Women’s March Storms Texas Capitol

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Courtesy of Sydney Herrick

Marchers held up many different signs signaling their support for different ethnic groups, religions and female rights, but an extent of signs illustrated people’s feelings toward the new administration. “It’s important now more than ever to raise awareness that things are not perfect, that there is always more to do and more to fight for,” senior CW Ko said. “Planned Parenthood is at risk, environmental regulations are at risk, gay rights are at risk, and several civil liberties are at risk. Trump’s presidency poses a threat not just through legislation, but through his rhetoric, and we must not allow fear and division to become normalized.”

Anjali Sundaram, Reporter

People crowded throughout the city as women, men and children from all around the state gathered at the Austin capitol on Jan. 21. to march in honor of equal rights. The Women’s March was held the day after President Donald Trump was inaugurated into the White House and became the 45th President of the United States of America.

The Women’s March was an idea and movement founded by Theresa Shook via a single Facebook post. The post promoted ideas of equality, and it gained enough support that Shook created the march to celebrate these ideals.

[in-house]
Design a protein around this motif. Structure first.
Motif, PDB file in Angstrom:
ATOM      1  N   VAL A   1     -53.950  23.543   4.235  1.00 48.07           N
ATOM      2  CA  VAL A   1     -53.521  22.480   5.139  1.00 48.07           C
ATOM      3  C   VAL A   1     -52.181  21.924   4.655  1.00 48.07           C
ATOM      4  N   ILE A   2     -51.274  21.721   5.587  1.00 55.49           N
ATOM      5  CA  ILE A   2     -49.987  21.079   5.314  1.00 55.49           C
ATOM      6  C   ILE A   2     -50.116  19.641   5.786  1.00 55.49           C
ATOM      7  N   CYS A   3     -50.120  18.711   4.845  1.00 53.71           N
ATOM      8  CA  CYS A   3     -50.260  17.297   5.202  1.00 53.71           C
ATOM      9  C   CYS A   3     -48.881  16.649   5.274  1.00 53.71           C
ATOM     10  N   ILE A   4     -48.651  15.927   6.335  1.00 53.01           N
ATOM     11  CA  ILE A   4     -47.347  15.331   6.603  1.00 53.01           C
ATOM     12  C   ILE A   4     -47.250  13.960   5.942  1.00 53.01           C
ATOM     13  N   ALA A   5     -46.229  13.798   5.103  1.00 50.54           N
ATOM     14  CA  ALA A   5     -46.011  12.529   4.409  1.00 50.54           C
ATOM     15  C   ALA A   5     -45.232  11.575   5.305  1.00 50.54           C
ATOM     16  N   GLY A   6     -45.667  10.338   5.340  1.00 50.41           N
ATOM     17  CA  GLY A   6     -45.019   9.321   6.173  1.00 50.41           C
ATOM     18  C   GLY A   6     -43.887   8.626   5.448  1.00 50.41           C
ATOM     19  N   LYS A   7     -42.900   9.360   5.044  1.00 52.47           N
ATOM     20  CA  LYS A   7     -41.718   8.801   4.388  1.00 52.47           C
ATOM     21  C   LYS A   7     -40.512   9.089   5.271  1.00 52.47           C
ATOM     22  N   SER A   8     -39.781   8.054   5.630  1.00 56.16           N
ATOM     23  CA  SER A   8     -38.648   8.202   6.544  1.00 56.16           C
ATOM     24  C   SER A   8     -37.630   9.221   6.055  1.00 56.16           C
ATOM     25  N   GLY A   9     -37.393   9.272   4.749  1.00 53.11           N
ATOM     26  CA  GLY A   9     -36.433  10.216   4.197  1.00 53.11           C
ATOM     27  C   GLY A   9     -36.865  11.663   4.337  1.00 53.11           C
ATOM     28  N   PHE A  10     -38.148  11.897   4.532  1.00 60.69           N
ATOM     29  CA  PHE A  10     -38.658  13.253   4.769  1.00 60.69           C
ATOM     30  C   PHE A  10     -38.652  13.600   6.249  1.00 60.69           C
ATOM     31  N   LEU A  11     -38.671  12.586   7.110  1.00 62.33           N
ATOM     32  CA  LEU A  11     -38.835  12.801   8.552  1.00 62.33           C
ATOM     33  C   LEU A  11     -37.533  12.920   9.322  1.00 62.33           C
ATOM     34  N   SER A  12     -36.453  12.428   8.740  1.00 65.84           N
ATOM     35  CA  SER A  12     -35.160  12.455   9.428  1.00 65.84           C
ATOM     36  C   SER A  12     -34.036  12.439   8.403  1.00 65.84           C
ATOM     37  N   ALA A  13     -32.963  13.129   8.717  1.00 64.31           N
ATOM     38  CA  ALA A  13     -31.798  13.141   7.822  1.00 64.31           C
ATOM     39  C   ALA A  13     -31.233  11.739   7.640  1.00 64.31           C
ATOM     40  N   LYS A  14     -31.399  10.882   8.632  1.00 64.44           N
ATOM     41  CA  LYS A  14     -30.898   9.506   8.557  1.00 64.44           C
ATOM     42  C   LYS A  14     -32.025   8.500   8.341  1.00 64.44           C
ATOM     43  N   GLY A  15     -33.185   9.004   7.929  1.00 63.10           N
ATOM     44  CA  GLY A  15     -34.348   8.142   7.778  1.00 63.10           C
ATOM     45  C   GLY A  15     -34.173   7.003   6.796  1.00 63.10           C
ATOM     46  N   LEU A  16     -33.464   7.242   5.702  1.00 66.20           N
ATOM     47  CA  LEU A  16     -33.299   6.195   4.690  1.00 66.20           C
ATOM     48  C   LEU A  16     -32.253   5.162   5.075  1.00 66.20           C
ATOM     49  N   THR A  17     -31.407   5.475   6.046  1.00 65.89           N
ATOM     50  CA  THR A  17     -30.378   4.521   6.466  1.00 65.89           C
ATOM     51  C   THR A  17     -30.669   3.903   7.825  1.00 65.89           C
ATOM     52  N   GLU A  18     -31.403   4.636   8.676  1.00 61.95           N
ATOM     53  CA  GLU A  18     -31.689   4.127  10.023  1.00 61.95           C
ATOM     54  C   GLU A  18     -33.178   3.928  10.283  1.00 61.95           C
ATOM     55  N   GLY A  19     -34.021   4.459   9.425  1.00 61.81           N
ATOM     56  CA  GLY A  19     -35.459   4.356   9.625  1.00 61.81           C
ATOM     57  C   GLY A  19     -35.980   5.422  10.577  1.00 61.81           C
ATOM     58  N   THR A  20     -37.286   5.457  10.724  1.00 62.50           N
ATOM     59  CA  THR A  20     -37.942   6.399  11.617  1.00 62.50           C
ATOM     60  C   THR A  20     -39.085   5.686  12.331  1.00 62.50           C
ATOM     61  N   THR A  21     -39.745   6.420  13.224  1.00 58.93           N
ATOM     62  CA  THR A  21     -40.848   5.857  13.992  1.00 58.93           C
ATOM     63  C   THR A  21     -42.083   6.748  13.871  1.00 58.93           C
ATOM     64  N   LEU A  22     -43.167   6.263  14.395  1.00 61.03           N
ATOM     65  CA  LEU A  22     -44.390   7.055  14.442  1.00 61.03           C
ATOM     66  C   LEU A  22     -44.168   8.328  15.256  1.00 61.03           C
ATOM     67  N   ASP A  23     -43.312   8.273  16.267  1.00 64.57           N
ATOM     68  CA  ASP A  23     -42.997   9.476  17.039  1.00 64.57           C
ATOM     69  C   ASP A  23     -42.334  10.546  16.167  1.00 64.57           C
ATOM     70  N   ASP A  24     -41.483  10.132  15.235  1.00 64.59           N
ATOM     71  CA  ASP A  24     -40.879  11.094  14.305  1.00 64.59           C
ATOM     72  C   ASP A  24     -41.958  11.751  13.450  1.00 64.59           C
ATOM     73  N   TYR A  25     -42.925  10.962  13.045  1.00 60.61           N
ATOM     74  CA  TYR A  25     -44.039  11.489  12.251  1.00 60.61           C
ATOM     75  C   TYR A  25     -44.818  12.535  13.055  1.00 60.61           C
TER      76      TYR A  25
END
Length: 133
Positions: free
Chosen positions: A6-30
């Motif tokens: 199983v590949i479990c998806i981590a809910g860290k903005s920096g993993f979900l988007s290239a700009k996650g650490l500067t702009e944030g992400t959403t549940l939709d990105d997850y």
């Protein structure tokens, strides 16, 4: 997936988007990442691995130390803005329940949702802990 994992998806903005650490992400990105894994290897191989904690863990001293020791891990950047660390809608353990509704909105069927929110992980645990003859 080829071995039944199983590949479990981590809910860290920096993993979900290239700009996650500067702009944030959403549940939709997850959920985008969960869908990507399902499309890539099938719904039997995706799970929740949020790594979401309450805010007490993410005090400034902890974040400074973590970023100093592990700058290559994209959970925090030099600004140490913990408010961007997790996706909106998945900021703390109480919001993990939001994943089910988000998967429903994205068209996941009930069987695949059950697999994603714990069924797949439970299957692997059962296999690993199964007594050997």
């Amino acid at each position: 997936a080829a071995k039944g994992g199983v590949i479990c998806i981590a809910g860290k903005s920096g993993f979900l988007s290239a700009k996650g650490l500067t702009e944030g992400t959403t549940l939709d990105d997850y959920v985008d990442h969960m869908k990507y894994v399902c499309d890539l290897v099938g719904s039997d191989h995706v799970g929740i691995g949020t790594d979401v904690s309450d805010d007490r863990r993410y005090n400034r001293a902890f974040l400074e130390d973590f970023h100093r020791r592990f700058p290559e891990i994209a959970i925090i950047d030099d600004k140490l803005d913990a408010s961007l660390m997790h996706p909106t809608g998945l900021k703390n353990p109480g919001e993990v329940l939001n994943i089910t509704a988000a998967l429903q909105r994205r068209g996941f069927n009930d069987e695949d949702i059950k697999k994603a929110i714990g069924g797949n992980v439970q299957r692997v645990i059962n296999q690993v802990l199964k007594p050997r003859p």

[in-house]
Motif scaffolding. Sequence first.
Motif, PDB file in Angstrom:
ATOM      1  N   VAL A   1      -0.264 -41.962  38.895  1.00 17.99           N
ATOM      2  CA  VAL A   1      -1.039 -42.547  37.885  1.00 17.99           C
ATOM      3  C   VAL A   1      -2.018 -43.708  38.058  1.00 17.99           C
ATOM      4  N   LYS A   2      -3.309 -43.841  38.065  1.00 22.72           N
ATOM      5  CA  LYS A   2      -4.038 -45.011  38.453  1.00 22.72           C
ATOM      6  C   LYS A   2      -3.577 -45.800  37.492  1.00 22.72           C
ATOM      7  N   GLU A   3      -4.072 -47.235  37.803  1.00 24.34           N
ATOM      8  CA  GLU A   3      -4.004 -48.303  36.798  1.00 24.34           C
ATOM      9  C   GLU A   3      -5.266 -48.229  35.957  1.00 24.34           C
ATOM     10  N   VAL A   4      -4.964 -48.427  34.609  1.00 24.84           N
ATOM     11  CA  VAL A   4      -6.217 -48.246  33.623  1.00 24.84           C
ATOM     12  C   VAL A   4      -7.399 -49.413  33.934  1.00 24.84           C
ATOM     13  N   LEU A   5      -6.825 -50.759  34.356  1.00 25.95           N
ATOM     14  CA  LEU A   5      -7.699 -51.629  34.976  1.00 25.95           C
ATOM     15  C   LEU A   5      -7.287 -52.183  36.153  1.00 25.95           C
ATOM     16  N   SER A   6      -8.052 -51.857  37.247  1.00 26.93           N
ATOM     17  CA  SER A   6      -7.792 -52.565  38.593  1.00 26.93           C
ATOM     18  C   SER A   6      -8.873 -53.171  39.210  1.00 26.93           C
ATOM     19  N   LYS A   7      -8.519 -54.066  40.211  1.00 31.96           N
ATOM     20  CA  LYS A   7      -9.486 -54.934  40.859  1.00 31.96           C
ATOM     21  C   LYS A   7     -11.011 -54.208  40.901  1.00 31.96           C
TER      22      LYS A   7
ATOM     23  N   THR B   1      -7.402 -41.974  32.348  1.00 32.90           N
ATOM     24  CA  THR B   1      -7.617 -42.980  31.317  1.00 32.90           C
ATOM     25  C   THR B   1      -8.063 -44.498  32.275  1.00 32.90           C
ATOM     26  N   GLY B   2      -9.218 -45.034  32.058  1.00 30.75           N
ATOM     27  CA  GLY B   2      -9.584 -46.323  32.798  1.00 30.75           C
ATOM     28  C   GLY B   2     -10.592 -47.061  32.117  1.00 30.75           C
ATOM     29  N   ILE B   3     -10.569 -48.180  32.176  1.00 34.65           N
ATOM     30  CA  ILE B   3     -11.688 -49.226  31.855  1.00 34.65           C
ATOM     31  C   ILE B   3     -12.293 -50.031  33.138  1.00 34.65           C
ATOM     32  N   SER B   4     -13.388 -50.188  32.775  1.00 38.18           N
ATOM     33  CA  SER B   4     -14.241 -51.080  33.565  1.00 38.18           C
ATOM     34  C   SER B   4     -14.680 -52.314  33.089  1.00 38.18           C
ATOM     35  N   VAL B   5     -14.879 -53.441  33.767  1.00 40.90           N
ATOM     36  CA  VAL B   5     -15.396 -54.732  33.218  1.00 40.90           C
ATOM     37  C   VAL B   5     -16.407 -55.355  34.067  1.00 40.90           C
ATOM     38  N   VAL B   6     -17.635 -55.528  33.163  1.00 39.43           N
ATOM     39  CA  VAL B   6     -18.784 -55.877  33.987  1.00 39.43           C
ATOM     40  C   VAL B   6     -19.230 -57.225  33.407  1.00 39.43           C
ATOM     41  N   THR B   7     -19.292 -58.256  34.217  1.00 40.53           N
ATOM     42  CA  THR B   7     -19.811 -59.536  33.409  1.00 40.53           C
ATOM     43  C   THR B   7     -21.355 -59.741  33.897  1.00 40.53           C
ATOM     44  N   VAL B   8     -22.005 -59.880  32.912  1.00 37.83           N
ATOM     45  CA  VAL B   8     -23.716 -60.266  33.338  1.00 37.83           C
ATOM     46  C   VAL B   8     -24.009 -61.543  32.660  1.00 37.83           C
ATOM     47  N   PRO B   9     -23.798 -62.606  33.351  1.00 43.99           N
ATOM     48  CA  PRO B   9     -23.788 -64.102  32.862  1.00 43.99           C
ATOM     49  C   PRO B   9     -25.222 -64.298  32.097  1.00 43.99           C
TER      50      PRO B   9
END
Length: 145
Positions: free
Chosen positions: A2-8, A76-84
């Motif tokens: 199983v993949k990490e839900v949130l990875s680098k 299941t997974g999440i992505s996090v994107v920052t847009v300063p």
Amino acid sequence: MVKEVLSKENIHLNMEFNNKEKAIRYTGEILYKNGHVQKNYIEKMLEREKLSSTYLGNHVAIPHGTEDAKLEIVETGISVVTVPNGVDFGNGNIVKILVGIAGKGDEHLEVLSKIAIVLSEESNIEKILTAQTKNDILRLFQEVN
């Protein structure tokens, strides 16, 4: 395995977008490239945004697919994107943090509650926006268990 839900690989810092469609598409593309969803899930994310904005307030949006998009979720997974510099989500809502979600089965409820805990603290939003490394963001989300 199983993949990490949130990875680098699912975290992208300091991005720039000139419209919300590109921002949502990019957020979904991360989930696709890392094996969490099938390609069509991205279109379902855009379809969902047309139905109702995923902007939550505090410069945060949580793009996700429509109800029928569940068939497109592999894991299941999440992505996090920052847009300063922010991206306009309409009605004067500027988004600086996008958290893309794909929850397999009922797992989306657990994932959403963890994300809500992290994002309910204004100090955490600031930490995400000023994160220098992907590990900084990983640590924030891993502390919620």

While the march was based in Washington, hosting upwards of 100,000 people, Austin also had a large turn out, with about 40,000 people walking to the capitol, according to the Austin Police Department. Among the crowd were several CP students, including Senior CW Ko.

“I marched because I believe in equal rights”

— Senior CW Ko

regardless of gender, race or sexuality,” Ko said. “The march represented a fight for civil rights and environmental protections, both of which I’m extremely passionate about.”

The march, according to Ko, was about 1.5 miles long, and people walked from downtown Austin to the capitol, where speeches were made by civil rights activists.

“Wendy Davis was one of the concluding speeches and her words about activism and the importance of feminism and diversity literally gave me goosebumps because it was so incredibly inspiring to be surrounded by people as far as you could see and listening to a speech about equality and voice in the heart of Texas,” Ko said.

Speeches were not the only thing that moved marchers, it was also the ambiance and the spirit of everyone there, according to Ko.

“The atmosphere was incredibly positive and powerful,” Ko said. “The streets were lined with people cheering us on and waving signs of their own, and people of all ages, genders, races, and sexualities were there with the same beliefs of equality. People everywhere were smiling and waving and giving us thumbs up and it was just incredibly powerful and inspiring.”

During the march, people celebrated with creating signs, wearing pink shirts and caps. Throughout the week after the march, social media was filled with people posing pictures with their signs and outfits made especially for the march.